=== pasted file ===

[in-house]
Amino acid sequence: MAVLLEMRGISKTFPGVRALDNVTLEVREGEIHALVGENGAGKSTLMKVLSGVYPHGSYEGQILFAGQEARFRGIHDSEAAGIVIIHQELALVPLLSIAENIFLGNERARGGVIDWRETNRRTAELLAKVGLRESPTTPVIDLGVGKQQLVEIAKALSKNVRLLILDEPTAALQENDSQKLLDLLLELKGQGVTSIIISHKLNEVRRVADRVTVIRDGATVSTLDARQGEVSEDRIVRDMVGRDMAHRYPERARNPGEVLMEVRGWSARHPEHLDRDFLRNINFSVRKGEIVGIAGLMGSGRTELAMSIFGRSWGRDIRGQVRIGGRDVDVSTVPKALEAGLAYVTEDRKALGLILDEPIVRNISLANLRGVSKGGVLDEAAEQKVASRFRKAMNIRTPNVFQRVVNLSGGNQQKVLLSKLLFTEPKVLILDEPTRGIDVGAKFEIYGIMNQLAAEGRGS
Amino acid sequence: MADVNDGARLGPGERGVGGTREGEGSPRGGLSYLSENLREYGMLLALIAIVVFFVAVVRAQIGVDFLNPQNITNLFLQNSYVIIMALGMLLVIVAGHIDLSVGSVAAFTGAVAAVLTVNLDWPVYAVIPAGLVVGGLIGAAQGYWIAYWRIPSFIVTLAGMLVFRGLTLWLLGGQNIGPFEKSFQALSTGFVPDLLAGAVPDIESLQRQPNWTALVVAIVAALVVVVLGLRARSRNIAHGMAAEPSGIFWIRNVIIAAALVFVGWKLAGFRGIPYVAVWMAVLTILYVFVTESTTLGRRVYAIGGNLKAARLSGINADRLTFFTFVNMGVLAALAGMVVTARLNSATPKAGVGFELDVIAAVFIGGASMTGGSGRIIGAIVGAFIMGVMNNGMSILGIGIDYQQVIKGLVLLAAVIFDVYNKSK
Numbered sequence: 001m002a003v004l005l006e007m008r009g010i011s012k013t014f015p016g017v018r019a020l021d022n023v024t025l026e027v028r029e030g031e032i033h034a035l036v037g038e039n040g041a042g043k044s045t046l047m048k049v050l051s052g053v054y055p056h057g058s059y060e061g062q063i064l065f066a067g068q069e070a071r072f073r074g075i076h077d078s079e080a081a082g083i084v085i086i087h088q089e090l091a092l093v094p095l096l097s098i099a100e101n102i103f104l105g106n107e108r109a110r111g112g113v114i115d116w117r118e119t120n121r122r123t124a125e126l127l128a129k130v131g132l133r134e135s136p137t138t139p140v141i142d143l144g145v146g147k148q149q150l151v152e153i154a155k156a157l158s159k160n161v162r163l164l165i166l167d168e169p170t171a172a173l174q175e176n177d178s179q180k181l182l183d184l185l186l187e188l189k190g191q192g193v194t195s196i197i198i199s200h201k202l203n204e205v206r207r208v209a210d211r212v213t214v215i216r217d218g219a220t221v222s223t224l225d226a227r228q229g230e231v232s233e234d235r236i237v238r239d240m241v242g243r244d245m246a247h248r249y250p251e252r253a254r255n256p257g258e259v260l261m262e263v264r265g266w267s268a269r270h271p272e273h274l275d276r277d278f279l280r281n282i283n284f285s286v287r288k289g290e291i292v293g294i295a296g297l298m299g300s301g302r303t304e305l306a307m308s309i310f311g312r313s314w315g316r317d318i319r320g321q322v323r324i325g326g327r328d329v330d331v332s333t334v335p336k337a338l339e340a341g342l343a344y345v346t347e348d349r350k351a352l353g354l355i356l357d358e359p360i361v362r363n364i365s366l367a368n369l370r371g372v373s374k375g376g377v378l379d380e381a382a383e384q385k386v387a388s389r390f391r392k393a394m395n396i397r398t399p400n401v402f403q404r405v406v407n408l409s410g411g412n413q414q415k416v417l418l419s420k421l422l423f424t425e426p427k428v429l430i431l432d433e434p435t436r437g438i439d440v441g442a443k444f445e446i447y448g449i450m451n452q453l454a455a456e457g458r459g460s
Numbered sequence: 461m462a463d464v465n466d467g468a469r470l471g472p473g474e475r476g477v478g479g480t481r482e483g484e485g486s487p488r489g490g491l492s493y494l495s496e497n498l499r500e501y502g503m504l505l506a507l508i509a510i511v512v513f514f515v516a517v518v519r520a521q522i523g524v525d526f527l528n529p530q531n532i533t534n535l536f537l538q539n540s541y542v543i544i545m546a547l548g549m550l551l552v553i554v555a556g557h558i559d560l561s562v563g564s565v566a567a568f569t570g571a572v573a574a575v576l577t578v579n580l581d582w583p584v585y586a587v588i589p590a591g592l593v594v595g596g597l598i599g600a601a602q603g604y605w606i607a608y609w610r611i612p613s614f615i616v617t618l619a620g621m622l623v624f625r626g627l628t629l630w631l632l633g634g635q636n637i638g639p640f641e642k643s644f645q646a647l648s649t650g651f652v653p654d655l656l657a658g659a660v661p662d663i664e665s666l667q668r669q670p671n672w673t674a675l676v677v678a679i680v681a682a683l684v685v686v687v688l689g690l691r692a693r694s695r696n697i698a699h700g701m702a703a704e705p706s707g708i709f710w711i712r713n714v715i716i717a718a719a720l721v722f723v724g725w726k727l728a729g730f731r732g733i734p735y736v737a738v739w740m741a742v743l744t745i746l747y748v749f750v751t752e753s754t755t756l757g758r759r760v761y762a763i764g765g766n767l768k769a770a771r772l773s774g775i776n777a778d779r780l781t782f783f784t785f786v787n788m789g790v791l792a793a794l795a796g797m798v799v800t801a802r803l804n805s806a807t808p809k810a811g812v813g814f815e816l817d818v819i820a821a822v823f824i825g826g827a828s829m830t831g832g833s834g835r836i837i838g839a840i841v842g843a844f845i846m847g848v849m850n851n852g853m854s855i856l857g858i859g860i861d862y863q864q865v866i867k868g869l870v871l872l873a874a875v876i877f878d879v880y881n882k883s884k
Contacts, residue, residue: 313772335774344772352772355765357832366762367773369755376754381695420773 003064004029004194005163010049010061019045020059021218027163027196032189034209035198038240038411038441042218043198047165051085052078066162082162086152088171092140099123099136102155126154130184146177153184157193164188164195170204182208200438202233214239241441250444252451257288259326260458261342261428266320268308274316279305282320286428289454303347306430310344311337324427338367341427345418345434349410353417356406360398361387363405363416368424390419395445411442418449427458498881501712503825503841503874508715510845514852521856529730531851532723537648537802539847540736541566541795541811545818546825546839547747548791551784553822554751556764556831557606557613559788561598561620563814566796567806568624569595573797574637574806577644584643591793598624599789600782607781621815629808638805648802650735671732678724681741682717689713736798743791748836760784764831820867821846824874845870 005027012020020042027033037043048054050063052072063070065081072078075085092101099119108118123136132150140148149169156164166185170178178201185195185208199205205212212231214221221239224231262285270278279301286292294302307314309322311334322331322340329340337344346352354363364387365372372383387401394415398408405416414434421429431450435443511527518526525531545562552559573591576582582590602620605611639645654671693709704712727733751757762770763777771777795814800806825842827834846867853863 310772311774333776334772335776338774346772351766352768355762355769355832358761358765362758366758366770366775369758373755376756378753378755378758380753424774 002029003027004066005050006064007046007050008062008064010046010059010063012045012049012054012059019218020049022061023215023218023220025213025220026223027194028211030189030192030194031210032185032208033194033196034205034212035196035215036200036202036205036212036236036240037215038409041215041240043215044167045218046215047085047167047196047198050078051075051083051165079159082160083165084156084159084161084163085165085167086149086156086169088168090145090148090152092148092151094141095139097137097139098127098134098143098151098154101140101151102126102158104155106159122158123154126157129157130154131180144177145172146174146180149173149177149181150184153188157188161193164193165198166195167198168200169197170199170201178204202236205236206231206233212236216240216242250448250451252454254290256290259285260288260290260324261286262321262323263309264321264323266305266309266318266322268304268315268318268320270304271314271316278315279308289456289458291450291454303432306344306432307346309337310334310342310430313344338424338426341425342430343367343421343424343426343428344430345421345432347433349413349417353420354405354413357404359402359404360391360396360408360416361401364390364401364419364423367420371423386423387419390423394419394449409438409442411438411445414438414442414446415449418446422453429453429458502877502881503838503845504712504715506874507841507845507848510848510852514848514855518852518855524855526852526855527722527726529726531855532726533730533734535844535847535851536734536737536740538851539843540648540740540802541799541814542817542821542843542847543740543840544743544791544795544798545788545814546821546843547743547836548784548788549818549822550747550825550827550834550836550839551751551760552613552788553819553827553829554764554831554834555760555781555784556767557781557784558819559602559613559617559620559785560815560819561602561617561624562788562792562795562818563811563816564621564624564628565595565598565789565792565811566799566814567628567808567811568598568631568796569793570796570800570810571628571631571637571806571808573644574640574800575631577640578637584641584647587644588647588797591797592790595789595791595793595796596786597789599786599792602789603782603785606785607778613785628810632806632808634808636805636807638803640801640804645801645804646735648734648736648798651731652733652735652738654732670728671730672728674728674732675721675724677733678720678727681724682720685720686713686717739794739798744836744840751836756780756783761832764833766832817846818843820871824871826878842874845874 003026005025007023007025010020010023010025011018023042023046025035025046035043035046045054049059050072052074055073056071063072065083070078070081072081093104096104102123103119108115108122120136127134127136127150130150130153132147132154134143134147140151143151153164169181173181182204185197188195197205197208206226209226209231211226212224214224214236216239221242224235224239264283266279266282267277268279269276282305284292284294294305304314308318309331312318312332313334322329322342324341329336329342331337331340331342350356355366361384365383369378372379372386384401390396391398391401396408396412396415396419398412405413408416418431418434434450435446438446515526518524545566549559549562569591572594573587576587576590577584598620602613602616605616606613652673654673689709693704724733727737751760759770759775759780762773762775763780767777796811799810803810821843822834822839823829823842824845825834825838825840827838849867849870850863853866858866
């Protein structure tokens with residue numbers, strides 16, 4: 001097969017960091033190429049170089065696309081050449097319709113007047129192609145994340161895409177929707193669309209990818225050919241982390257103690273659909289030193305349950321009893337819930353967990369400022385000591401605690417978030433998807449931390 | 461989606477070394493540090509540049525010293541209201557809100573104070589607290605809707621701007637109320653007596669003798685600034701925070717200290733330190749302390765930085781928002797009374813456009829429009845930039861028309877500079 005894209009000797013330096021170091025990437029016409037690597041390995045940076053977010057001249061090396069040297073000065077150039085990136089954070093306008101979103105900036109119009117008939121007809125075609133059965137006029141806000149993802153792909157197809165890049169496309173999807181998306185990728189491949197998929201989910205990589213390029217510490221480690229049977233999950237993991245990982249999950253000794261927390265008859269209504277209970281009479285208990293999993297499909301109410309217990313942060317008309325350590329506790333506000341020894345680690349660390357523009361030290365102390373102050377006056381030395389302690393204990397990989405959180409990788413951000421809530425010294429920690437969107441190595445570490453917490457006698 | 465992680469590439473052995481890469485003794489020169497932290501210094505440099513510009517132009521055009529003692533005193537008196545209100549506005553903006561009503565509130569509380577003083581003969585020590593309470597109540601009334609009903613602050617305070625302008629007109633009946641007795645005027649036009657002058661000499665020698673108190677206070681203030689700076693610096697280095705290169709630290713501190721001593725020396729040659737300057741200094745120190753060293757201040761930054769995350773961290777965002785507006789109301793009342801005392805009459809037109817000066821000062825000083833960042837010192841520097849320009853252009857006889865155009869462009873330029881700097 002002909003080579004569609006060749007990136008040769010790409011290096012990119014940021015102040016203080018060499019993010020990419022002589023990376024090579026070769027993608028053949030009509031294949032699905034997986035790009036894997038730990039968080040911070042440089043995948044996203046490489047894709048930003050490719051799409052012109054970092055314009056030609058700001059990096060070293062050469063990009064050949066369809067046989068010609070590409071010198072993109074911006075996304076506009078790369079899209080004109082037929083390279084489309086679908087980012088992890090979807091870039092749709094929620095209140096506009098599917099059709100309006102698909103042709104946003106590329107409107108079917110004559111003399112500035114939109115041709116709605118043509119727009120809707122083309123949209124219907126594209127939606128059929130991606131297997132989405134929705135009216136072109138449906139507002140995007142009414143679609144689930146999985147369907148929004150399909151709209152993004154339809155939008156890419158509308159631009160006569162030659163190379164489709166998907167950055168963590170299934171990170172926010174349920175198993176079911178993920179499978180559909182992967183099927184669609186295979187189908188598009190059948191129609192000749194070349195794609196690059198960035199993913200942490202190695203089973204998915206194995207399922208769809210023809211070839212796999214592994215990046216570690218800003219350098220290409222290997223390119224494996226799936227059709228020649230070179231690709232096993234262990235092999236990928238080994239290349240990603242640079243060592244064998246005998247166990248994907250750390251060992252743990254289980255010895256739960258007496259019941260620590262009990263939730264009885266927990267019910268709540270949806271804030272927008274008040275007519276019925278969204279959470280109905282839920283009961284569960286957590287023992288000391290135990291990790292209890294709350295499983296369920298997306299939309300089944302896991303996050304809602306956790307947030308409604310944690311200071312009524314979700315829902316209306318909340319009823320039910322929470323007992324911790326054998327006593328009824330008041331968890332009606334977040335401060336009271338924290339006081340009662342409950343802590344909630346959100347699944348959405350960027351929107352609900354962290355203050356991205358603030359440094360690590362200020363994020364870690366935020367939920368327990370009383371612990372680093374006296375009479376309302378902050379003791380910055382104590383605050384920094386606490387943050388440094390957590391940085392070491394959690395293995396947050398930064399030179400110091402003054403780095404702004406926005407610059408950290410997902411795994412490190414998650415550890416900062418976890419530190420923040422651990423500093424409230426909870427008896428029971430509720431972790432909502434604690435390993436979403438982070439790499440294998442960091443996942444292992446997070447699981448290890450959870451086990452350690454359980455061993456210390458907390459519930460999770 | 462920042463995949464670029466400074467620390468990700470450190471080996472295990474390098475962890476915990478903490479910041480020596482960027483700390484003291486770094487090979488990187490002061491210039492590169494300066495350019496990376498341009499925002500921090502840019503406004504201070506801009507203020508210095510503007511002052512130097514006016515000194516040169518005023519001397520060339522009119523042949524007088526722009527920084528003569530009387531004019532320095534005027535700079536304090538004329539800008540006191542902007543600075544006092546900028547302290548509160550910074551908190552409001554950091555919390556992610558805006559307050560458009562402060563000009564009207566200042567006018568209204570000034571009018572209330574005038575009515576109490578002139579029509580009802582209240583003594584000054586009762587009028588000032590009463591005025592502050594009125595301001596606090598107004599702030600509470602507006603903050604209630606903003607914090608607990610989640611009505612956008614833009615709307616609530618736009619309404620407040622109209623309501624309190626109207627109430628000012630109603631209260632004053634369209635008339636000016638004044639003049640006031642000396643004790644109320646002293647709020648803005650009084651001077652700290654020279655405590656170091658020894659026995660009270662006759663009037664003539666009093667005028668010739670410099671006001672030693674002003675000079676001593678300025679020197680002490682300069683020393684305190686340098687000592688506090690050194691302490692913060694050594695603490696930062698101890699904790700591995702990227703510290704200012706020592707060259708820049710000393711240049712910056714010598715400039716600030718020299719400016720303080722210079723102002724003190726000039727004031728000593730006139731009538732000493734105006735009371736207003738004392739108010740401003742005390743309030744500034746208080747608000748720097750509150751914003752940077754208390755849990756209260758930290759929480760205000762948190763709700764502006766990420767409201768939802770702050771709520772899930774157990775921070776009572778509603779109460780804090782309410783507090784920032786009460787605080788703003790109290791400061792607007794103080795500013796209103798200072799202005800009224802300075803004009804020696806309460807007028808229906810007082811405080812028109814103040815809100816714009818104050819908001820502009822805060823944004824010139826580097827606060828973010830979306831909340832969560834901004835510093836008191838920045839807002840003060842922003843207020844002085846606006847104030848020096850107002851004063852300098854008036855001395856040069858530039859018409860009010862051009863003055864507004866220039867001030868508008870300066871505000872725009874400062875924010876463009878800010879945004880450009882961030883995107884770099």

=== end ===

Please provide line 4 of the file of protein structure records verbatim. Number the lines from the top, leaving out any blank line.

Numbered sequence: 001m002a003v004l005l006e007m008r009g010i011s012k013t014f015p016g017v018r019a020l021d022n023v024t025l026e027v028r029e030g031e032i033h034a035l036v037g038e039n040g041a042g043k044s045t046l047m048k049v050l051s052g053v054y055p056h057g058s059y060e061g062q063i064l065f066a067g068q069e070a071r072f073r074g075i076h077d078s079e080a081a082g083i084v085i086i087h088q089e090l091a092l093v094p095l096l097s098i099a100e101n102i103f104l105g106n107e108r109a110r111g112g113v114i115d116w117r118e119t120n121r122r123t124a125e126l127l128a129k130v131g132l133r134e135s136p137t138t139p140v141i142d143l144g145v146g147k148q149q150l151v152e153i154a155k156a157l158s159k160n161v162r163l164l165i166l167d168e169p170t171a172a173l174q175e176n177d178s179q180k181l182l183d184l185l186l187e188l189k190g191q192g193v194t195s196i197i198i199s200h201k202l203n204e205v206r207r208v209a210d211r212v213t214v215i216r217d218g219a220t221v222s223t224l225d226a227r228q229g230e231v232s233e234d235r236i237v238r239d240m241v242g243r244d245m246a247h248r249y250p251e252r253a254r255n256p257g258e259v260l261m262e263v264r265g266w267s268a269r270h271p272e273h274l275d276r277d278f279l280r281n282i283n284f285s286v287r288k289g290e291i292v293g294i295a296g297l298m299g300s301g302r303t304e305l306a307m308s309i310f311g312r313s314w315g316r317d318i319r320g321q322v323r324i325g326g327r328d329v330d331v332s333t334v335p336k337a338l339e340a341g342l343a344y345v346t347e348d349r350k351a352l353g354l355i356l357d358e359p360i361v362r363n364i365s366l367a368n369l370r371g372v373s374k375g376g377v378l379d380e381a382a383e384q385k386v387a388s389r390f391r392k393a394m395n396i397r398t399p400n401v402f403q404r405v406v407n408l409s410g411g412n413q414q415k416v417l418l419s420k421l422l423f424t425e426p427k428v429l430i431l432d433e434p435t436r437g438i439d440v441g442a443k444f445e446i447y448g449i450m451n452q453l454a455a456e457g458r459g460s